The dashing Henry Golding (Mr. Elliot) owns every scene in which he appears, brimming with swagger and confidence, his clothes reflect his standing. The jackets add emphasis to his shoulders. He is usually in classic black and white, with the appeal of someone who isn’t constricted by his clothes but wears them with flair. His coats often have a subtle sheen to them, even the linens.
Hair was becoming more natural due to a tax on the hair powder that had been trendy. Women moved to chignons with ringlets framing the face. Johnson’s ringlets have a more modern feel with softer, looser curls. Her sister, on the other hand, has intricate, built-up chignons that raise above the crown and extend outward.
Richard E Grant is the peacock among the women here. The coat is exquisite in fabric and embossment – using the trick of fashionistas today – the neutral base cloaked with a statement piece. By contrast, the women are in neutral hues and a plainer fabric.
Note the introduction of opaque cotton and silk that allows a glimpse of arms without direct gaze.
Here we see the effectiveness of the specifically dyed thunder cloud hue that echoes the empire trend, yet modernizes it. The bodice is less fitted. The chignon is less elaborate, as are the tendrils – close to what influencers do with their hair in lightly applying product that allows the hot iron to create the coil but then fall into a ‘natural’ lock. The chest is on display and framed with a flat collar that brings the eye down to the dropped ‘empire waist’. Of note is the locket which is shown throughout the film paired with different ribbons and silk ties. The locket holds the photograph of Anne Elliot’s deceased mother.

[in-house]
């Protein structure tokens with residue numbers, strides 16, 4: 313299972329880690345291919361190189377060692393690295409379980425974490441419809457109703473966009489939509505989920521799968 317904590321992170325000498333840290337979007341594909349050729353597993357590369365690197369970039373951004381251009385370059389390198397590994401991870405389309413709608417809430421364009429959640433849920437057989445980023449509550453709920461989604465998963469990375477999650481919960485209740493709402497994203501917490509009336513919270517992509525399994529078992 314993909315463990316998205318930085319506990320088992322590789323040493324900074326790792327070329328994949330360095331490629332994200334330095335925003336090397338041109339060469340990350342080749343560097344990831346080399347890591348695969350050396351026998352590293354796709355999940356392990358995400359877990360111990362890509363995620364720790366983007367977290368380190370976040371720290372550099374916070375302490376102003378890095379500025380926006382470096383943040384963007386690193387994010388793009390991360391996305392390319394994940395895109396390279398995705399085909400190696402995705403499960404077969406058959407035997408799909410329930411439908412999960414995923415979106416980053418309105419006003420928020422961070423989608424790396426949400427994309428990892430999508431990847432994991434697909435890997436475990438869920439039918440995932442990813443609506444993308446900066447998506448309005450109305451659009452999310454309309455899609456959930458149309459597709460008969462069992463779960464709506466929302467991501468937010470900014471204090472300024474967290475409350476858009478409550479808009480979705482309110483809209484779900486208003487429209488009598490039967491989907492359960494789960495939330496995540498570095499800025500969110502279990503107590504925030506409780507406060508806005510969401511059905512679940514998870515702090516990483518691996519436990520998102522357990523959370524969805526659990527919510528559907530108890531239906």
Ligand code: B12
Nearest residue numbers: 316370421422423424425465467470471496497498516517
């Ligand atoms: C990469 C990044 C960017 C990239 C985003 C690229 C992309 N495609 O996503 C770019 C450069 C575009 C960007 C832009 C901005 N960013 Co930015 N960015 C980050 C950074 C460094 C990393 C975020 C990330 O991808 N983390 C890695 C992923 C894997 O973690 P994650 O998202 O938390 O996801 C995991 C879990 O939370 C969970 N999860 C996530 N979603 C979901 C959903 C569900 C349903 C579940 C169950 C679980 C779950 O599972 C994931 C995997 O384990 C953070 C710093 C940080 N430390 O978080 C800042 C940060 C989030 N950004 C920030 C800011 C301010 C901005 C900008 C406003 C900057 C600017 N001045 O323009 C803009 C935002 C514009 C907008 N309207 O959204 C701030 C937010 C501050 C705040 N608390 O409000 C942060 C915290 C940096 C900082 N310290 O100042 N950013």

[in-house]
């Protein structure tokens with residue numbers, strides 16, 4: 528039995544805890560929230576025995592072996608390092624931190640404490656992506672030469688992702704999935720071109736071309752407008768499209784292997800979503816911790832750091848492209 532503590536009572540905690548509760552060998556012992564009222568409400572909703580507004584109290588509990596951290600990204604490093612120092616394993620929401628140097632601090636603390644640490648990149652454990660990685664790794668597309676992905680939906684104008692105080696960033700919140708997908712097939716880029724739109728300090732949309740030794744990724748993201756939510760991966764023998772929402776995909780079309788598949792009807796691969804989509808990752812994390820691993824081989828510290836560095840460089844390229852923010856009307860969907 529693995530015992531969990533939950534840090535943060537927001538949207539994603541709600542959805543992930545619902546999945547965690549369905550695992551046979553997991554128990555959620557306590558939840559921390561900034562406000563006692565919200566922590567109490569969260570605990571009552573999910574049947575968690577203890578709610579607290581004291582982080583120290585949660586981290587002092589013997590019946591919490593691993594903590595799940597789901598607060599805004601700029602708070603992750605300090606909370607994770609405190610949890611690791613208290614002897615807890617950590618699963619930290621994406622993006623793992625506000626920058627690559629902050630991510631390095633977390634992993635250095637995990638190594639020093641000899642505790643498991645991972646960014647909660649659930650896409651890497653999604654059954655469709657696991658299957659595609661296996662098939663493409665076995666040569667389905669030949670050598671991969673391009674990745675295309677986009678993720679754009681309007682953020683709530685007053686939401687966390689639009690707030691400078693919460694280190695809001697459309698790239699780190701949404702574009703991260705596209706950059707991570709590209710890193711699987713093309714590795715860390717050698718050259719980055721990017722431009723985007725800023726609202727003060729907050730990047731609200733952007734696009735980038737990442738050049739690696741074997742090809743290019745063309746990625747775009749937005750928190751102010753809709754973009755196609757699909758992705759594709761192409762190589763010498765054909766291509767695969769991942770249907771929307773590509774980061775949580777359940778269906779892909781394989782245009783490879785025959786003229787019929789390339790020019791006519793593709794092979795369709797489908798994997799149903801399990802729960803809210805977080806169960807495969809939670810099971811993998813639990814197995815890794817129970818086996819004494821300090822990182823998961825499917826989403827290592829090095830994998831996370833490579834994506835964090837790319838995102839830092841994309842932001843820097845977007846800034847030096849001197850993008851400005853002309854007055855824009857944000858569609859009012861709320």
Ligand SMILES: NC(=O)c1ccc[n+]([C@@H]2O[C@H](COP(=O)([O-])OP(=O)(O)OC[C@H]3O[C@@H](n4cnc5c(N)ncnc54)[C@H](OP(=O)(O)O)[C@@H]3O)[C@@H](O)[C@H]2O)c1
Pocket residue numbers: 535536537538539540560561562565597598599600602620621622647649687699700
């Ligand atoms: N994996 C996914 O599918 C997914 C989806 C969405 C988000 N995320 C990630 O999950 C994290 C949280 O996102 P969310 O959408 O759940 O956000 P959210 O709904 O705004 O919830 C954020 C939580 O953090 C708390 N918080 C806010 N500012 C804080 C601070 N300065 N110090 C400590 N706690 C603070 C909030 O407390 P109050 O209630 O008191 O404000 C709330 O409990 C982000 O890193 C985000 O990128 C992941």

(l) Cosmo Jarvis (Captain Frederick Wentworth) is dressed in natural fabrics as befitting a seaman. His clothes are a little more ‘worn’ and less fastidious than that of Mr. Elliot, befitting a man rising in rank. This projects a warmth and accessibility. His colors reflect and complement that of his former love, Anne. Note all the specific hues within a color spectrum, each different yet compatible. The detail on the front of his trousers echoing that of the uniforms of the day.
(r) By contrast, in a formal setting, the fabrics are richer, the tailoring more specific. The placement of the buttons ever narrowing reflecting the V-shape of broad shoulders and narrow waist. The cravat is gone, though the multi-layering of coats visible at the neck. The trousers are interesting in that the flap bows away from the flat stomach revealing the fly closure it meant to conceal.
The hair is reminiscent of the Bedford crop popularized by the Duke of Bedford (1795).
Despite the nine week prep and challenges Covid conjured in creating forced self isolation for the costume team, the mood boards produced inspiration from Debbie Harry – boots and jackets, the shirting – Patti Smith, and Audrey Hepburn in those jackets with the delicate shoulders. (Vogue).
In keeping with the practicality of the era, shoes were often flat of the ballet variety, with ribbons around the ankles, hand painted or garnished. Here, we see how the clothing colors often reflect the scene. Note the boots flat, practical, with a touch of modern, or does it feel modern because we are so accustomed to fashion’s retro homage?
Nikki Amuka Bird’s character, the Lady Russel, is responsible for Anne’s discard of her true love. Lady Russel has had a huge effect on Anne Elliot, taking on the role of Anne’s deceased mother on the death of her friend. For her part, Anne has subconsciously emulated this woman who means so much to her, as seen in their similar and under-stated style.